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Ever since the old days of punch-card computers, people have been
fascinated with chess-playing programs, and no wonder. If they can
create a computer that can outsmart humans in this obviously strategic,
thinking-based game, then it would be a major milestone on the road
to the intelligent computer.
Chess is a game of perfect information.
This means that unlike poker or backgammon, all information specific
to the game is known to both players, and there is neither secrecy
nor chance. Both players can see everything about the position on
the chess board, and they know each other's moves, for the moves
are not played at the same time but rather in order. Thus, chess
is a purely intellectual game, a perfect environment for
testing Artificial Intelligence techniques.
Early on, most researchers concluded that the computer's greatest
asset was its computational speed. Computers would utilize
a variant of the brute-force routine, an algorithm that relies almost purely on how fast the computer can process the board. Chess has a small board: 64 squares and up to 32 pieces to fill them. Even though there are an astounding number of legal chess positions, the researchers relied upon the fact that computers could process more exactly and more quickly than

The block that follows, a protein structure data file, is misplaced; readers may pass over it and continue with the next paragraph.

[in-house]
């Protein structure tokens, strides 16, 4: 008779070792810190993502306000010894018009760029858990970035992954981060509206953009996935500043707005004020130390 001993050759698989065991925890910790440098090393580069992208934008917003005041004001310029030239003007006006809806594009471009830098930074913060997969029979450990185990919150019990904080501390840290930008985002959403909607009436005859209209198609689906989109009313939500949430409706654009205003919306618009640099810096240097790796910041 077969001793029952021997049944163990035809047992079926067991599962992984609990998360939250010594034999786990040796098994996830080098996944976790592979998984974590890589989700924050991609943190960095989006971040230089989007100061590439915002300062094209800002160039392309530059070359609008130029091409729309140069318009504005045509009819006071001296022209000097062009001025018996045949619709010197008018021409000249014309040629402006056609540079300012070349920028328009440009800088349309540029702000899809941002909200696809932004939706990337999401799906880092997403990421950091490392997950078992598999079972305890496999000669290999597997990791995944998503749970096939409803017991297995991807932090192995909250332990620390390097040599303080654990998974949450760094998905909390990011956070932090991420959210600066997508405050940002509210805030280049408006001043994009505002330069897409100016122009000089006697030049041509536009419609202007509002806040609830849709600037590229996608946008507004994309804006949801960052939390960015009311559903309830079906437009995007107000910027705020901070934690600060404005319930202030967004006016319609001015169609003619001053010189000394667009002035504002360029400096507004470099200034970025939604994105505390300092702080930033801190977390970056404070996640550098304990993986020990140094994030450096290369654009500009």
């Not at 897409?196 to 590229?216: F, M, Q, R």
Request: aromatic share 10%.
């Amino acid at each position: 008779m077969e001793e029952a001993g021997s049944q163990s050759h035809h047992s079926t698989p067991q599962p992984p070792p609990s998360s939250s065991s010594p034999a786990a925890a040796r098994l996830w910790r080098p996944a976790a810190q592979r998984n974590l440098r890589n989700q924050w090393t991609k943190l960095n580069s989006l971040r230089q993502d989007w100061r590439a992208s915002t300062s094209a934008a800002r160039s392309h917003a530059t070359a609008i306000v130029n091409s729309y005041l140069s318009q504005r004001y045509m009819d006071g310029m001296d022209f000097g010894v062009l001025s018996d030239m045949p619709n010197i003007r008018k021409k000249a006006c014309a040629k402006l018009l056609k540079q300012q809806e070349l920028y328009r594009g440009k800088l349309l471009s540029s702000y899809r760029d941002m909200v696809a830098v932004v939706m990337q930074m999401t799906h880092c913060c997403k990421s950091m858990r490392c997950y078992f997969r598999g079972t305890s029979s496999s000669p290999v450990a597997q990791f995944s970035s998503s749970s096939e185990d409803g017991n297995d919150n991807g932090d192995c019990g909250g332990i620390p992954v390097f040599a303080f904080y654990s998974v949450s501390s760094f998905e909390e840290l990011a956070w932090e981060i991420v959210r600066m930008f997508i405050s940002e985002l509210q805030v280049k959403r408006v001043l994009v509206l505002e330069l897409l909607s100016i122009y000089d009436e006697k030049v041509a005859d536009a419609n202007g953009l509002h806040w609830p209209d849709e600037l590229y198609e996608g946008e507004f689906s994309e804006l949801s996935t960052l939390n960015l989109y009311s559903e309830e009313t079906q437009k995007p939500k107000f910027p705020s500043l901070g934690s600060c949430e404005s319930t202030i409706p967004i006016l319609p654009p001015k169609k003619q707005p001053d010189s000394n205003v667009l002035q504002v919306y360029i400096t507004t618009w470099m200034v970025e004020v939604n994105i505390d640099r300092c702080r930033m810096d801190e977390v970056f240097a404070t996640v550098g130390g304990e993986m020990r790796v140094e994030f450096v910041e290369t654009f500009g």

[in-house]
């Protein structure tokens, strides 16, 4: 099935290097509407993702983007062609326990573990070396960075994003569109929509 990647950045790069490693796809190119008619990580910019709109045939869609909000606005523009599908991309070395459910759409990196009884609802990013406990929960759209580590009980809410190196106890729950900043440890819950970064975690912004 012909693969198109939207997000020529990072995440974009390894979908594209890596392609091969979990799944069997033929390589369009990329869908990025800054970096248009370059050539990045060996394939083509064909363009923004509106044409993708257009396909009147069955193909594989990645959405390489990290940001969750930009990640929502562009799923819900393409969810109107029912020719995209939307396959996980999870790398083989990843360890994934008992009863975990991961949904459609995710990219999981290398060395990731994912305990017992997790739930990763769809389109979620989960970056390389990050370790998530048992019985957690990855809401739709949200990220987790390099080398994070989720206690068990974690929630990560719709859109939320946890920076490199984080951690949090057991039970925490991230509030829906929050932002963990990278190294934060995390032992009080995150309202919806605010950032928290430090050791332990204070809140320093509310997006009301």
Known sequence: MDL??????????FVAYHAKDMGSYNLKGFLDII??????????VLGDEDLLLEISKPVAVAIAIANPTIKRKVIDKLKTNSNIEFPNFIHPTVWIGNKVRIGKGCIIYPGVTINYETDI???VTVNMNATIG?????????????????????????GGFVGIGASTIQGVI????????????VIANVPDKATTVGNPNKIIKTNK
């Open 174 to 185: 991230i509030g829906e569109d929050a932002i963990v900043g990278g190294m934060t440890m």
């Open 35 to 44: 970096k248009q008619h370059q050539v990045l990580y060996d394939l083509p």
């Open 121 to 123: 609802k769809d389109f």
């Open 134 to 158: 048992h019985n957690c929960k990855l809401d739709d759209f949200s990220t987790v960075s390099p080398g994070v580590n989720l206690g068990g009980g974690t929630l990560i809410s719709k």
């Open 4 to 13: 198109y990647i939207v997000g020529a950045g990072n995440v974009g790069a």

people, and thus "think" faster than people while playing
In those days, of course, computers had a ridiculously small
amount of memory (300 K of memory, anyone?) and processing power,
so chess programs were, at best, quite weak. But computers
became faster, and chess programs became stronger and smarter.
With the combined research of many brilliant programmers, the minimax
game tree evolved to become the most major component
of the chess program. Almost all chess programs use the minmax tree
in one form or another. It is by far the most successful
and most popular of all the AI techniques in the history of board
Chess AI, of course, seems almost finished. In the middle
of the 1990's, the computer Deep Blue II built by IBM defeated Gary
Kasparov, who was the World Chess Champion at the time.
Chess programming, however, has not lost its usefulness.
There are many other AI techniques that can be implemented
and tried in a Chess program, such as neural networks, genetic algorithms,
and collaborative computing. Chess is a controlled environment
in which the computer is presented with a situation and a goal,
and the computer must find possibilities and make decisions to achieve
that goal. Thus, decision-making algorithms
and other such AI fields can be derived partly from Chess programming.
Chess programming, of course, is also a springboard into the exciting
field of Go programming. In Go,
however, beginning to program and making progress are both very
difficult. Chess programming provides a foundation for developing
more advanced forms of AI that are to be found in Go programs.
Thus Chess programming, although it seems completely explored,
is like a great work of literature: even after it has been
scoured over and over by researchers and programmers, it keeps on
producing more and more treasures. AI benifits much from